What is Mining?
Mining is a process of extracting natural resources from the Earth’s crust. Modern mining consists of utilizing machinery to dig for resources which are identified by geologists and geophysicists. Engineers, contractors, governments, and companies then determine the best strategies for extracting these resources. Mining operations often consist of extraction, storage, and transportation of the raw resources. These resources are then shipped to other industries for processing or use.
There are two principle forms of mining: surface mining and underground mining.
- Surface mining1– consists of extracting resources which are only a few hundred metres below the surface of the earth. This involves clearing the surface in the region to be developed. Trees, brush, and topsoil must be removed to allow for land development. The layers of earth between valuable production seams, called “overburden”, must then be moved to allow for mining. Following mining, the overburden is replaced and land reclamation is performed.
- Underground mining2– involves accessing deposits up to 3 km below the surface. In these operations, a series of tunnels and holes are drilled to access deep reserves.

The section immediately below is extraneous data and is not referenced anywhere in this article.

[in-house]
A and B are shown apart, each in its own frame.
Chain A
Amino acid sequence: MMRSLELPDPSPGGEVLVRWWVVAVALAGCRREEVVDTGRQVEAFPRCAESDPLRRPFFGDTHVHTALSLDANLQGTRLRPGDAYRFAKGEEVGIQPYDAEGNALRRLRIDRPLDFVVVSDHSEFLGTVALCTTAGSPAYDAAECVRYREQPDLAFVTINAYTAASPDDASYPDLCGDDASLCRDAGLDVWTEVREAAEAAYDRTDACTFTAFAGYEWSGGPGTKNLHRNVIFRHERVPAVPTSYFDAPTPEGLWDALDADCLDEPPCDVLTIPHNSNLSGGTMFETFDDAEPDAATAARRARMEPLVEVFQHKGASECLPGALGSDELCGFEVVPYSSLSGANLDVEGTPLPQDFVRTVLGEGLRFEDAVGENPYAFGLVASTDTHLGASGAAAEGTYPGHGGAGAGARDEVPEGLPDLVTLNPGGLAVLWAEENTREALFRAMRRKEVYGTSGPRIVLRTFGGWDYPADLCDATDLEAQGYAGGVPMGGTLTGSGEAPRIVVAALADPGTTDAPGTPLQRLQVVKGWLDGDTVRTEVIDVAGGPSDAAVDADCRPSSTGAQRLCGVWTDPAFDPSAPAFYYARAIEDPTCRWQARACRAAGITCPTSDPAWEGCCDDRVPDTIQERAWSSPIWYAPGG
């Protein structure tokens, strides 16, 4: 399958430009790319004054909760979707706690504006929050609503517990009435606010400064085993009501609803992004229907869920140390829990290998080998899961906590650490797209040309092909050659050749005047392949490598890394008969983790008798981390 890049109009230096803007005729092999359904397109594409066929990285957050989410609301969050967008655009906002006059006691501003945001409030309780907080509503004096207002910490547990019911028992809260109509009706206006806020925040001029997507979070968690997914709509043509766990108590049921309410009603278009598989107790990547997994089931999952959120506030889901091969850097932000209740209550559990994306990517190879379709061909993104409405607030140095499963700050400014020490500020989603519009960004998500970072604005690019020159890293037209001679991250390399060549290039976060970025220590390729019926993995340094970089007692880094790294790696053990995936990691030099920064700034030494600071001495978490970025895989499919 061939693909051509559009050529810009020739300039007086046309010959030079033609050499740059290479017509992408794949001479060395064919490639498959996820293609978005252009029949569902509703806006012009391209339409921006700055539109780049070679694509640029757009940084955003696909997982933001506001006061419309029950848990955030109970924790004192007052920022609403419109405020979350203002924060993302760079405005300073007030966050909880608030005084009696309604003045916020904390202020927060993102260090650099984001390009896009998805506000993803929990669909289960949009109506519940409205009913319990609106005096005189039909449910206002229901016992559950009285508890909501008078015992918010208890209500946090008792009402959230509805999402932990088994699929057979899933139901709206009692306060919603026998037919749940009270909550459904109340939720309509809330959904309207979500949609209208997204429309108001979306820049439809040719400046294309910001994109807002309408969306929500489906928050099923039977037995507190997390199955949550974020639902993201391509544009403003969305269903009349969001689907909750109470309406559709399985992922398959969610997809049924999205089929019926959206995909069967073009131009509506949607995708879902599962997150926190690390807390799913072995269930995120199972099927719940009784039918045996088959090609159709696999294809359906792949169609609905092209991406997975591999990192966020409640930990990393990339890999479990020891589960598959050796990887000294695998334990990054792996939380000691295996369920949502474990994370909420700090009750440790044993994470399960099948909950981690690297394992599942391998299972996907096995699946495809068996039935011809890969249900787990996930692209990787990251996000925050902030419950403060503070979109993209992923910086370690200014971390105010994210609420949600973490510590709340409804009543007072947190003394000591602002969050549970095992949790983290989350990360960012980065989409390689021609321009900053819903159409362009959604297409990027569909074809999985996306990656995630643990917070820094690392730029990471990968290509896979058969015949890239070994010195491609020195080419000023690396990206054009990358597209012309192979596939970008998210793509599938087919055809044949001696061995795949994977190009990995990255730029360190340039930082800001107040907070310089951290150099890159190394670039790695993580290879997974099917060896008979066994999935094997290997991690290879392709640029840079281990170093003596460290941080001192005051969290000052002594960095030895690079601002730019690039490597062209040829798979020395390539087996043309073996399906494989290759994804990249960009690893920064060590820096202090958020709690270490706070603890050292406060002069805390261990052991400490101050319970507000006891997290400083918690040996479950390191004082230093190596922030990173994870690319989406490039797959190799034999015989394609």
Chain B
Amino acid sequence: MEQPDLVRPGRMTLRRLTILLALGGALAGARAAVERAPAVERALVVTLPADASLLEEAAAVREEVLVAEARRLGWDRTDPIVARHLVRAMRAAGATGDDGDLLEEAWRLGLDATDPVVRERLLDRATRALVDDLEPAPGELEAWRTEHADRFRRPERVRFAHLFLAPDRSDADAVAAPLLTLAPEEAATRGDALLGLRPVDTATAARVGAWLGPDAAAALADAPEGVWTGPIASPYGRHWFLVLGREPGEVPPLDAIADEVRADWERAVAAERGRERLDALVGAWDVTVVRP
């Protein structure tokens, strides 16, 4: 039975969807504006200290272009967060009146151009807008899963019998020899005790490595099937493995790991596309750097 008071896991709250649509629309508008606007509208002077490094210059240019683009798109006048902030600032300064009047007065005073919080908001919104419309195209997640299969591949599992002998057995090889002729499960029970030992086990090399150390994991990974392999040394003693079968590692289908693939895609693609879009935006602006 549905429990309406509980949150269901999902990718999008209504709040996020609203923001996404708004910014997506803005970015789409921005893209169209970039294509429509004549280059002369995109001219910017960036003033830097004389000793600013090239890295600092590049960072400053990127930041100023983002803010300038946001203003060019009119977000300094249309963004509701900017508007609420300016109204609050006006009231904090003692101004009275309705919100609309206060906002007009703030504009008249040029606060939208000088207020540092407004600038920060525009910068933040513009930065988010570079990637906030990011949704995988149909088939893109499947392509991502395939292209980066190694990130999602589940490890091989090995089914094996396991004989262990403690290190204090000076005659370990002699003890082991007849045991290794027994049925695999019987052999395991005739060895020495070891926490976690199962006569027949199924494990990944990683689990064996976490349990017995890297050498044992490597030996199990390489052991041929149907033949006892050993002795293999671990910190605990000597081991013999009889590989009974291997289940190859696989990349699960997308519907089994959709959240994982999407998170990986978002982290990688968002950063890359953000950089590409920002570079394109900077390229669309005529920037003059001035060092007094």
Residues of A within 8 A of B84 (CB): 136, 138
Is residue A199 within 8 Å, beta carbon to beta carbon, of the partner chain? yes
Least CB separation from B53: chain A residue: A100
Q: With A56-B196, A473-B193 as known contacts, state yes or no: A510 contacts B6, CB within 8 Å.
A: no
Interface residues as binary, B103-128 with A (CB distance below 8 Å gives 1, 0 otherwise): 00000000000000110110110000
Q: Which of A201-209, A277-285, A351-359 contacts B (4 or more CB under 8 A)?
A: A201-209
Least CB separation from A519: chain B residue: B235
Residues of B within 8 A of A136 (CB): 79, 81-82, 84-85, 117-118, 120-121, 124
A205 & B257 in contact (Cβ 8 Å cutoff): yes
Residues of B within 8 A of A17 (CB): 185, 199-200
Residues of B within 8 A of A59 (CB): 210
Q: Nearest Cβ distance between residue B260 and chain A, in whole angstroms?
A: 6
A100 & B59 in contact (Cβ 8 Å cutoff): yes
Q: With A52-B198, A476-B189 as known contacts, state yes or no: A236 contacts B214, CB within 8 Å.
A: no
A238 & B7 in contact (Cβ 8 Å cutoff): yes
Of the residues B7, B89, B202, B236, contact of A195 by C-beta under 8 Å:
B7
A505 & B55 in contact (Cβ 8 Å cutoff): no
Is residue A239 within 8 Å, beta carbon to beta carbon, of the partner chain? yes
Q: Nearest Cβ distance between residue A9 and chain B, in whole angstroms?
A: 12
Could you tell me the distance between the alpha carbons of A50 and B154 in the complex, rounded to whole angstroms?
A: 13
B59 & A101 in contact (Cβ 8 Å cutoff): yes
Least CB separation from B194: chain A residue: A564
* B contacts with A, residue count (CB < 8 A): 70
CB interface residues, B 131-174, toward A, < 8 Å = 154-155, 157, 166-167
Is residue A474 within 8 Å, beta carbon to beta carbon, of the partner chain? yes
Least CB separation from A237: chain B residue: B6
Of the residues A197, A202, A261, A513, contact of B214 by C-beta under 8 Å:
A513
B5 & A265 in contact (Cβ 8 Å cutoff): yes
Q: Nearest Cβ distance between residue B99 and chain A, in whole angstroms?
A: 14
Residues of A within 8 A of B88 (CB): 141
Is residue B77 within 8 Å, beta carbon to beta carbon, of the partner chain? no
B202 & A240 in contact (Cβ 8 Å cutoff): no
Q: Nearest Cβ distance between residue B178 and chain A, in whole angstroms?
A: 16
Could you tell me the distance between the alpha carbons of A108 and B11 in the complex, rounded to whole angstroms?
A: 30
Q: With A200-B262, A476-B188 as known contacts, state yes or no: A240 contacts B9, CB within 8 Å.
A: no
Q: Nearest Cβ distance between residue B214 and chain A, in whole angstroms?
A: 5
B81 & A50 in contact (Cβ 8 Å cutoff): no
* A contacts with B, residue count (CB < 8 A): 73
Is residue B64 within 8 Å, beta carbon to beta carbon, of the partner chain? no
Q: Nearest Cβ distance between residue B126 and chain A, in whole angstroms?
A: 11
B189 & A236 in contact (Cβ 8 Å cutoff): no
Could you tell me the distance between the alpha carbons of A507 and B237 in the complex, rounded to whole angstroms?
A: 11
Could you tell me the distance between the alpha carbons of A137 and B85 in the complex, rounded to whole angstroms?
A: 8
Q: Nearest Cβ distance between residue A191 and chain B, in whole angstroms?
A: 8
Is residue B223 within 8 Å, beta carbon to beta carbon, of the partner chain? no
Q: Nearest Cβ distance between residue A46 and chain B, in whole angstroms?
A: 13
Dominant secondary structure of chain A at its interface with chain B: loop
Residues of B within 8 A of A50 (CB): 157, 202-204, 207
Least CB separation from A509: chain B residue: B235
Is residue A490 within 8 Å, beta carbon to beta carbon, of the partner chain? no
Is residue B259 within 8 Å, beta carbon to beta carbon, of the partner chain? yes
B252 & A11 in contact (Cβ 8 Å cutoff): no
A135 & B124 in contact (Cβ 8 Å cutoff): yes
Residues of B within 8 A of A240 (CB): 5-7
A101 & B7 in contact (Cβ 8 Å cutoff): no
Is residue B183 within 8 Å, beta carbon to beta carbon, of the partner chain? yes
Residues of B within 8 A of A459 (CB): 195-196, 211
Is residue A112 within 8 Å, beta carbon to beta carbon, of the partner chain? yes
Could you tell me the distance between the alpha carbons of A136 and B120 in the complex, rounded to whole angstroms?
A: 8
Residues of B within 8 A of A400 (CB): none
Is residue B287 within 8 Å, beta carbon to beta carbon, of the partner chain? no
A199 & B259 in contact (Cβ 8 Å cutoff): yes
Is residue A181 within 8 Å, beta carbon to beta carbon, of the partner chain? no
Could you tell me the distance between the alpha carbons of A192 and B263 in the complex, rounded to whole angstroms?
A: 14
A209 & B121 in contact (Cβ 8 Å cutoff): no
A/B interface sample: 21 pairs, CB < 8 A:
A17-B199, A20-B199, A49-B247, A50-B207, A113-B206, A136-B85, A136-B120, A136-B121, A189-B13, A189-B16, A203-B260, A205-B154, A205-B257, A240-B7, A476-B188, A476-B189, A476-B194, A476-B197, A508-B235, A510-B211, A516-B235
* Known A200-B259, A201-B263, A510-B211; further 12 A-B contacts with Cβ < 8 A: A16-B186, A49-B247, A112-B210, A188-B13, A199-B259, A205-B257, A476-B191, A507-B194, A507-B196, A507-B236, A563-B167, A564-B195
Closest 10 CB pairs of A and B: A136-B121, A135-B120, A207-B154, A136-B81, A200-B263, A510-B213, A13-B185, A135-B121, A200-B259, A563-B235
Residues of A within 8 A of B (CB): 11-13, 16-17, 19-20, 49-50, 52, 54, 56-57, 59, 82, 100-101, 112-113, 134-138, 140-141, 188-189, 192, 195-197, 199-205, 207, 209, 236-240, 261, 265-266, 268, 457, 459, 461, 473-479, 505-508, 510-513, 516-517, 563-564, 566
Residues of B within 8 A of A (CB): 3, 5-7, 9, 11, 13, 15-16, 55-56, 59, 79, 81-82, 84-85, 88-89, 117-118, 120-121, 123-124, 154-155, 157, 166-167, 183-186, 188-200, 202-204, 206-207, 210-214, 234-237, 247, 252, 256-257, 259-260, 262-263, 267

Mining in the Energy Industry
The most common and widespread use of mining in the energy industry is coal mining3, where hard coal and brown coal/lignite is extracted from relatively shallow depths via surface or underground mining. Surface mining of coal seams is often lucrative, as up to 90% of the coal deposits can be recovered. The two types of underground coal mining are known as “Room and Pillar” mining and “Longwall” mining, which may recover up to 40% and 75% of the coal seams, respectively2.
Additionally, surface mining has a growing role to play in unconventional oil in the form of oil sands. Currently, 895 km2 of bitumen mining takes place in the Athabasca oil sands deposits in Alberta, Canada4. Finally, other minerals such as uranium, cadmium, lithium, and thorium are all recovered via mining operations.
Mining has a critical role to play in the energy industry. Fossil fuels such as coal and bitumen (oil sands) may be extracted via mining. Additionally, materials such as nickel, copper, and rare earth metals, which are necessary for solar panels, batteries, and other energy technologies, also rely heavily on mining processes.
Mining is often criticized because of its widespread landscape clearing and other ecological disruptions which must occur to access the resources buried beneath the surface. Solutions such as landscape reclamation are necessary to mitigate environmental effects. Concerns over the industry’s presence in conflict areas are also an issue. Finally, working conditions of miners is a significant issue that is often portrayed in the public media.
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